Ukraine bans Independence Day festivities citing Russian threat
* Moscow could try 'something particularly ugly', Zelenskiy says
* Russia blames Ukraine for ultra-nationalist killing in Moscow
* U.N. says 5,587 civilians killed in conflict so far
* Ukraine says nearly 9,000 soldiers killed in first estimate
By Pavel Polityuk
KYIV, Aug 22 (Reuters) - Ukraine's capital Kyiv banned public celebrations this week to commemorate independence from Soviet rule, citing a heightened threat of Russian attack in a war that the United Nations said on Monday has killed more than 5,500 civilians.
Near frontlines in the south of the country, Ukraine said Russia fired rockets into several towns north and west of Europe's largest nuclear power plant, captured by Russian forces shortly after they invaded Ukraine in February.
Artillery and rocket fire in the region of the Zaporizhzhia nuclear reactor complex, on the south bank of the Dnipro River, has stirred fears of a nuclear disaster and led to calls for the surrounding area to be demilitarised.
Russia launched on Feb. 24 what it calls a "special military operation" to demilitarise its smaller neighbour and protect Russian-speaking communities. Ukraine and its Western backers accuse Moscow of waging an imperial-style war of conquest.
Ukrainian President Volodymyr Zelenskiy said at the weekend that Moscow could try "something particularly ugly" in the run-up to Wednesday's 31st independence anniversary, which also marks half a year since Russia invaded.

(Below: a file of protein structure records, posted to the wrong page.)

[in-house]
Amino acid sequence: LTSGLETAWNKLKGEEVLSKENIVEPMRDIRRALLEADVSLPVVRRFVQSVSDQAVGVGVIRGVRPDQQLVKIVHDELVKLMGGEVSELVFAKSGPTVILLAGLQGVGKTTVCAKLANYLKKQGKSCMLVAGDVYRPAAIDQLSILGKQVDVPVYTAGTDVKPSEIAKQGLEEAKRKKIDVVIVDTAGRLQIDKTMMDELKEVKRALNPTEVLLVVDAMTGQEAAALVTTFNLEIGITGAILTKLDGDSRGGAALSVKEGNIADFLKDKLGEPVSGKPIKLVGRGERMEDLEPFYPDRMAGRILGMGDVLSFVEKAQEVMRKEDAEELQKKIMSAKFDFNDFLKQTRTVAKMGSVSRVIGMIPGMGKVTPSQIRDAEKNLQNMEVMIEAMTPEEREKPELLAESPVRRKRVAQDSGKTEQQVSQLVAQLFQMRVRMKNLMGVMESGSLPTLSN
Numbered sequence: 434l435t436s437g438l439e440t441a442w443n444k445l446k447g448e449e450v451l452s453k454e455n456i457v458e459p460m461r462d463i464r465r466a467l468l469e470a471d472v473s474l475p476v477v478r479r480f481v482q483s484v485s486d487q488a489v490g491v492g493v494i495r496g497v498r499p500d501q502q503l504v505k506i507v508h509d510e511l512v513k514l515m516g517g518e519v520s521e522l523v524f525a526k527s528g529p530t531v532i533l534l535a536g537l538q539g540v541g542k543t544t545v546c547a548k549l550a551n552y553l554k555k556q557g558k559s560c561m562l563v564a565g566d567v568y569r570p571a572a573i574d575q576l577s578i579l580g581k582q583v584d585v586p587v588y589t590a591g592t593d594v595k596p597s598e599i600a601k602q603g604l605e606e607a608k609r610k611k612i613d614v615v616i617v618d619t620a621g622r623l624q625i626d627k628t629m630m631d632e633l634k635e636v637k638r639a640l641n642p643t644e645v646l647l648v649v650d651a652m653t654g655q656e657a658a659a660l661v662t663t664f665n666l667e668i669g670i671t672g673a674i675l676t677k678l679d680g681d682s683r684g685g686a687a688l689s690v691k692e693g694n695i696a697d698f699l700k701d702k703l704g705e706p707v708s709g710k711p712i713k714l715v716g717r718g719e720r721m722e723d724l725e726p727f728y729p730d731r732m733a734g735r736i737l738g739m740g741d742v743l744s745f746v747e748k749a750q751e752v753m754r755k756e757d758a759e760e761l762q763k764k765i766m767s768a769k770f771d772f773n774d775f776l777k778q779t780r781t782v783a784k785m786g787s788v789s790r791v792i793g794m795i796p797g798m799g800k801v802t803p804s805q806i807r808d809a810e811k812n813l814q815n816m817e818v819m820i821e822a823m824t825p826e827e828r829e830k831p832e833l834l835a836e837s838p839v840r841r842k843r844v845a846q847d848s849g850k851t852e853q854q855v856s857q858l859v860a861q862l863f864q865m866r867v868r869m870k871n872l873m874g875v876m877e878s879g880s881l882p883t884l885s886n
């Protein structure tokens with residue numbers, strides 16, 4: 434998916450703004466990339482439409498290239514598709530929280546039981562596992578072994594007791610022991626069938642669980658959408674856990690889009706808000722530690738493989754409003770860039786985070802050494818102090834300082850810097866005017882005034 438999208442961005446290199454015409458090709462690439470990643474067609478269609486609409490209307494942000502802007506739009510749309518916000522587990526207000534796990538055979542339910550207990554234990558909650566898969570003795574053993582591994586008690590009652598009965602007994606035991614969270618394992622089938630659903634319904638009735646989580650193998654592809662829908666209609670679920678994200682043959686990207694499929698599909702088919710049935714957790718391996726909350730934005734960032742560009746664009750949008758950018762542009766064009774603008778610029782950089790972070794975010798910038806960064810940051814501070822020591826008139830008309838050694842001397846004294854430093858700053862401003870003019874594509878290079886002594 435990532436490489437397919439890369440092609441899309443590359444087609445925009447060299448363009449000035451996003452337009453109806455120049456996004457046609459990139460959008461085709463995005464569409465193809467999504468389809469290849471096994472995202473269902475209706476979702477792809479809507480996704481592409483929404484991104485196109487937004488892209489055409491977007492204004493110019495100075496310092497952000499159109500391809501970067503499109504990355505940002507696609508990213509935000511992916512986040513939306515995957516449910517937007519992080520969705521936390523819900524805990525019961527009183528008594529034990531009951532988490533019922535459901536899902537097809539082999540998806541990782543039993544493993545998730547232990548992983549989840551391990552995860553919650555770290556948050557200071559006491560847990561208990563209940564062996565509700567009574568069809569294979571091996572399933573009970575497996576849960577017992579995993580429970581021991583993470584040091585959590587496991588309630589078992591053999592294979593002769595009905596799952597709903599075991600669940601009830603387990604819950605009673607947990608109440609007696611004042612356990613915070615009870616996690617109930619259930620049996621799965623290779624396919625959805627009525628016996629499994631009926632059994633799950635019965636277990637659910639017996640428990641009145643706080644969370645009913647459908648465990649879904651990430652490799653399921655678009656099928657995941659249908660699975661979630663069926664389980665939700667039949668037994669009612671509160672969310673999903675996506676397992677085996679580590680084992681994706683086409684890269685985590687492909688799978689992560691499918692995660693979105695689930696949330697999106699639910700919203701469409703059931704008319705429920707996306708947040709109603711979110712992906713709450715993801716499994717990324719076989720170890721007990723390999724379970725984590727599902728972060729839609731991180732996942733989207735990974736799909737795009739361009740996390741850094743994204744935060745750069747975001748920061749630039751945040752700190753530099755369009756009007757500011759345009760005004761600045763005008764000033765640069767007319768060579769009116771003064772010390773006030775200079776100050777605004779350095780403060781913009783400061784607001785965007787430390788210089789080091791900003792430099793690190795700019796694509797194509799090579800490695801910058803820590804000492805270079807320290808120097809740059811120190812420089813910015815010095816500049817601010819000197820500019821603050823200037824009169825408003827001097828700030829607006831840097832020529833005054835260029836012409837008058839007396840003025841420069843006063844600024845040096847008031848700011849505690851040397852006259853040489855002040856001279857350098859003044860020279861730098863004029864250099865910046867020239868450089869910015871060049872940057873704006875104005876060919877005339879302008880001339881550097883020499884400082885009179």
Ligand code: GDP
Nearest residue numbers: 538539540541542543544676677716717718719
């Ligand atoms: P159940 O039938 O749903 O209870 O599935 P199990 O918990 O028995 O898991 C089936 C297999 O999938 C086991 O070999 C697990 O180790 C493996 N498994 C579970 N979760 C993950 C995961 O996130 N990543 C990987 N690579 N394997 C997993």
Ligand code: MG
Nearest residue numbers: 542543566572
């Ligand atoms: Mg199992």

Kyiv local authorities have banned public events related to the anniversary from Monday until Thursday due to the possibility of rocket attacks, a document showed.
The capital is far from front lines and has only rarely been hit by Russian missiles since Ukrainian defenders repelled a Russian ground offensive to seize the capital in March.
In Kharkiv, a northeastern city that has come under frequent and deadly longer-range artillery and rocket fire, Mayor Ihor Terekhov announced an extension to an overnight curfew to run from 4 p.m. to 7 a.m. effective from Tuesday to Thursday.
In the port of Mykolaiv near Russian-held territory to the south, regional governor Vitaliy Kim said authorities planned a precautionary order for residents to work from home on Tuesday and Wednesday and urged people not to gather in large groups.
Fears of intensified attacks were likely to rise after Russia's Federal Security Service accused Ukrainian secret services on Monday of killing Darya Dugina, daughter of a Russian ultra-nationalist ideologue, in a suspected car bombing on Saturday, Russian news agencies reported. Ukraine has denied being involved.
The Office of the U.N. High Commissioner for Human Rights, citing its monitoring mission in Ukraine, said on Monday 5,587 civilians had been killed and 7,890 wounded between Feb. 24 and Aug. 21, mainly from artillery, rocket and missile attacks.
Separately, General Valeriy Zaluzhnyi - Kyiv's army chief - provided what appeared to be the first public Ukrainian military death toll, saying nearly 9,000 soldiers had died in action.